HOGANSVILLE — As an avid kayaker, Brennan Taylor is at home on the water, but when the water is in his home, it’s a different story.
Taylor is one of at least 40 people displaced in Troup County after torrential rains swelled waterways last week, one of which flooded the house he built with his father 11 years ago.
“It’s like a disaster area,” he said Tuesday as he and a friend, Jamie Sims, pulled ruined furniture and electronics out of the house to a dumpster outside.
“Pretty much everything’s going to get tossed,” he said.
On Christmas Eve, Taylor’s parents were visiting from Florida as Yellow Jacket Creek behind his home on Timberlake Trail began to rise. They were cooking Christmas dinner — a ham, collard greens and black eyed peas, he said.
The creek has risen before, Taylor said. Sometimes the water laps at his doorways, but once the water started coming in his home Thursday, he knew he had a problem.
By the time the creek crested, the water was high enough inside his cabin to cover the doorknobs. His bed was floating in the middle of his living room, and, needless today, the Christmas ham was ruined.
Taylor said he used a wet suit he has for kayaking to wade into the house and rescue a few articles of clothing, but that was about it. To make matters worse, he doesn’t have insurance because he owns the home outright.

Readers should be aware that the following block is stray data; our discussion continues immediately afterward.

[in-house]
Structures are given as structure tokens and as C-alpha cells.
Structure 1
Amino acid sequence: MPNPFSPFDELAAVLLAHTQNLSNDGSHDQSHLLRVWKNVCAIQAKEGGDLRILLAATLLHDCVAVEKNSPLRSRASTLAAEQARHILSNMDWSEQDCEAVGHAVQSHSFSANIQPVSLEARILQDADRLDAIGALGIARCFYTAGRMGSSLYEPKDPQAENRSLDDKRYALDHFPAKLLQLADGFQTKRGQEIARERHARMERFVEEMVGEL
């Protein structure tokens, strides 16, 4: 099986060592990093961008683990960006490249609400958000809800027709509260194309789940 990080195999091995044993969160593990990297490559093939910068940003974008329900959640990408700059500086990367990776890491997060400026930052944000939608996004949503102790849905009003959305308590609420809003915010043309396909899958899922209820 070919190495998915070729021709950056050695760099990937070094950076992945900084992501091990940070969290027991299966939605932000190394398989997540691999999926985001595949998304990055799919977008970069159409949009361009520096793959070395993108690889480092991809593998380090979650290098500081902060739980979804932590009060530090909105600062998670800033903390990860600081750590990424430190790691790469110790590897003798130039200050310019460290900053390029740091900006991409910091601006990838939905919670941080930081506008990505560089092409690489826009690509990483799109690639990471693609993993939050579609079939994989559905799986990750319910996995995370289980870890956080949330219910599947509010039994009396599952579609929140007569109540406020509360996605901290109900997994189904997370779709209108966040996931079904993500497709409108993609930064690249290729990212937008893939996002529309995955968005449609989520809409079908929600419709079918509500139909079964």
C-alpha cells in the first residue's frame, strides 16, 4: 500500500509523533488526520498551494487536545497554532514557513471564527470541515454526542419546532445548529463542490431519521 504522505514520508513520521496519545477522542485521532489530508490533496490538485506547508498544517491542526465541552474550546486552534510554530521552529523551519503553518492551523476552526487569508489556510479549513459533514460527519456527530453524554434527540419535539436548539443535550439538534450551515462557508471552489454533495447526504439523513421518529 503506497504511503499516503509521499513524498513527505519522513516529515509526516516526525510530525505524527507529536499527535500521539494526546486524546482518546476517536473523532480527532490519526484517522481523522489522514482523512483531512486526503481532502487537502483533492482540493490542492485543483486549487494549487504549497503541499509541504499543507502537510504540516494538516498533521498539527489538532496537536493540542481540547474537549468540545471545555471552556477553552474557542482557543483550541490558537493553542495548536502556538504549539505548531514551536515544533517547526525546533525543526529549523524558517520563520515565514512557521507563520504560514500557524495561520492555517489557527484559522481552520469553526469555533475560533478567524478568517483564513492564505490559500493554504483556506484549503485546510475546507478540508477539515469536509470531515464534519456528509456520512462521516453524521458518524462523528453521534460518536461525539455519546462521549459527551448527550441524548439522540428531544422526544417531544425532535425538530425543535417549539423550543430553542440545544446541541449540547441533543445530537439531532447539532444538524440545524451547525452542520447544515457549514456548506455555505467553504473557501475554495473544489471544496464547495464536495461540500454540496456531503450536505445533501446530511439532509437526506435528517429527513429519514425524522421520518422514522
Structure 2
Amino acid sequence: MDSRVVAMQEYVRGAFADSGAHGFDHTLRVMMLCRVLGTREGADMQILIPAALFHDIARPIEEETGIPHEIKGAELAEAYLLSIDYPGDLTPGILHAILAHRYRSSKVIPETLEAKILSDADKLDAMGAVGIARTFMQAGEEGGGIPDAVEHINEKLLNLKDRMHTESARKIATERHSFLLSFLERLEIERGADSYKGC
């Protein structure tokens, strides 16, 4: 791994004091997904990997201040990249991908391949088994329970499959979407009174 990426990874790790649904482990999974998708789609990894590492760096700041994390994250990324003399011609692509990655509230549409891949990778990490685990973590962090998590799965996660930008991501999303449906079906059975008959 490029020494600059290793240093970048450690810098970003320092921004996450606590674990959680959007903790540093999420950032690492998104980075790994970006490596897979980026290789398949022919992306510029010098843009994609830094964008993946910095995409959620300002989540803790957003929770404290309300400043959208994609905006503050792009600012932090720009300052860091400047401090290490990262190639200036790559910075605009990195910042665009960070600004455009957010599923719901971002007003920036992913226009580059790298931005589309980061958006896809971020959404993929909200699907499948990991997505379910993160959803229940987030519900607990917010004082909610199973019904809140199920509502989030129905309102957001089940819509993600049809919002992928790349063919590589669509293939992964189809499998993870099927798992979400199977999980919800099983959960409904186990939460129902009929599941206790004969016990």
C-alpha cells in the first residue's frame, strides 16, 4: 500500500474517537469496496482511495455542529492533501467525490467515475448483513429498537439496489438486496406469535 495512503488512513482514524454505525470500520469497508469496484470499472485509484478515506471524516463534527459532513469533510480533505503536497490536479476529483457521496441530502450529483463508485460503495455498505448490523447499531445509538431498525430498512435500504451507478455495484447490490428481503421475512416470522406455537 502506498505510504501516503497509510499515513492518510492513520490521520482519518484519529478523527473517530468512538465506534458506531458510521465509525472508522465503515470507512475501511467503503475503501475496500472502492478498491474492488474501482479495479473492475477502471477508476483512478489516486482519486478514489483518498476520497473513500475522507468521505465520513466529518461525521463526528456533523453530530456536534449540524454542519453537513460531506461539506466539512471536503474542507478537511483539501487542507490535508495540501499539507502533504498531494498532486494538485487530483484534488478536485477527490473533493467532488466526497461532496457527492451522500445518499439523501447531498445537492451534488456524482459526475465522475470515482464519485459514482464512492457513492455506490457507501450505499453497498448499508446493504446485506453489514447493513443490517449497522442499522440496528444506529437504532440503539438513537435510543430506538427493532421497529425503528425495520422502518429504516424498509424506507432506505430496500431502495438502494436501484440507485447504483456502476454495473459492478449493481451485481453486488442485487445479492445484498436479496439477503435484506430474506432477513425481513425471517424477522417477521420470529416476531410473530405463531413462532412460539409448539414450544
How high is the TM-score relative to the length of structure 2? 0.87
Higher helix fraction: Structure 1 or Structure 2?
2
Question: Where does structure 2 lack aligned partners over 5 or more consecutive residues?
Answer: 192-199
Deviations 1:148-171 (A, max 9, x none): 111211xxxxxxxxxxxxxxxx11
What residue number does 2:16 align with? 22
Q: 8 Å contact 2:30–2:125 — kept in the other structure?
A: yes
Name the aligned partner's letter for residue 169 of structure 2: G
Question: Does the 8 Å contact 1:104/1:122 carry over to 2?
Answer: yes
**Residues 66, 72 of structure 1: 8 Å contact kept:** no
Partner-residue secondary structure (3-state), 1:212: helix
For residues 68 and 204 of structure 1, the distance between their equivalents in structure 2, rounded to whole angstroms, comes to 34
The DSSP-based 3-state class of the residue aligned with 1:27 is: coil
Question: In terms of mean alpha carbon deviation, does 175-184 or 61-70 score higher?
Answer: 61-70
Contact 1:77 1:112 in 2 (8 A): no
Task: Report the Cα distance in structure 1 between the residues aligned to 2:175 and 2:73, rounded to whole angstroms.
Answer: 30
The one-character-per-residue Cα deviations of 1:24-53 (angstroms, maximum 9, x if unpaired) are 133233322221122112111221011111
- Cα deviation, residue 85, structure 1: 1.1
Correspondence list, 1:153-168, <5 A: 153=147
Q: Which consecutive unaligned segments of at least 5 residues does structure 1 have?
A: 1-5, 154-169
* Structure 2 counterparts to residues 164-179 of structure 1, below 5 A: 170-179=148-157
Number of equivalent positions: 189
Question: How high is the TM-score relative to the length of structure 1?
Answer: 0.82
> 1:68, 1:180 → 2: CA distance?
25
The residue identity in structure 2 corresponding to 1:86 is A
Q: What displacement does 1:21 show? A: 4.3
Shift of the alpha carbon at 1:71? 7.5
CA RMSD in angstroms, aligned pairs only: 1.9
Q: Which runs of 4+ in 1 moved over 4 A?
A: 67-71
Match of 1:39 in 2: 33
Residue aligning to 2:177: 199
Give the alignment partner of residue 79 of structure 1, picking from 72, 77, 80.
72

“I checked into it, and it was about $900 a month for flood insurance,” he said.
Taylor, who works on an assembly line at an auto parts manufacturer, is staying with friends while he figures out what to do next, he said.
“It’s a humbling experience, that’s for sure,” he said. “I never thought I’d be out of a place to lay my head, you know? The devastation is pretty overwhelming. I never thought I’d be looking for a place to live.”
One of his friends, Anna Kirkpatrick, a Spanish teacher at LaGrange Academy who met Taylor through kayaking, said when she heard about the damage, she knew she had to do something. She started an online fundraiser to help crowdsource money to help her friend.
“Brennan is a very hard working person,” she said. “He would give you the shirt off the back if he had to. He’s very selfless and compassionate, and he would do the same for others in this situation.”
As of this morning, the online fundraiser had more than $1,000 in donations from 26 people in three days.
Taylor said he’s grateful for the support, even overwhelmed by the generosity of his friends. He’s an independent and proud man, and he admits he didn’t want to be propped up by other people.
“At first, I didn’t want help,” he said. “I didn’t want to feed off people and rely on everyone else.”
Still, standing in his muddy living room Tuesday holding a ruined cable box and wondering aloud if the cable company would charge him for it, he knows he can’t repair his life and home alone.
In the meantime, Taylor said he still plans to kayak, even though his relationship with water might be a little different now.
“Being out on the water is ultimate freedom,” he said. “It’s just real peaceful, it gets you away, don’t have to think about work or money. It’s that connection with Mother Nature. You don’t control the river, obviously after this happened, but the water allows you to flow.”
After removing some of his ruined possessions from his home Tuesday, he said he planned to go kayaking on the same creek that took so much from him. Now, it’s time for him to get something from the water — peace of mind.
“I’m going to get some payback,” he said.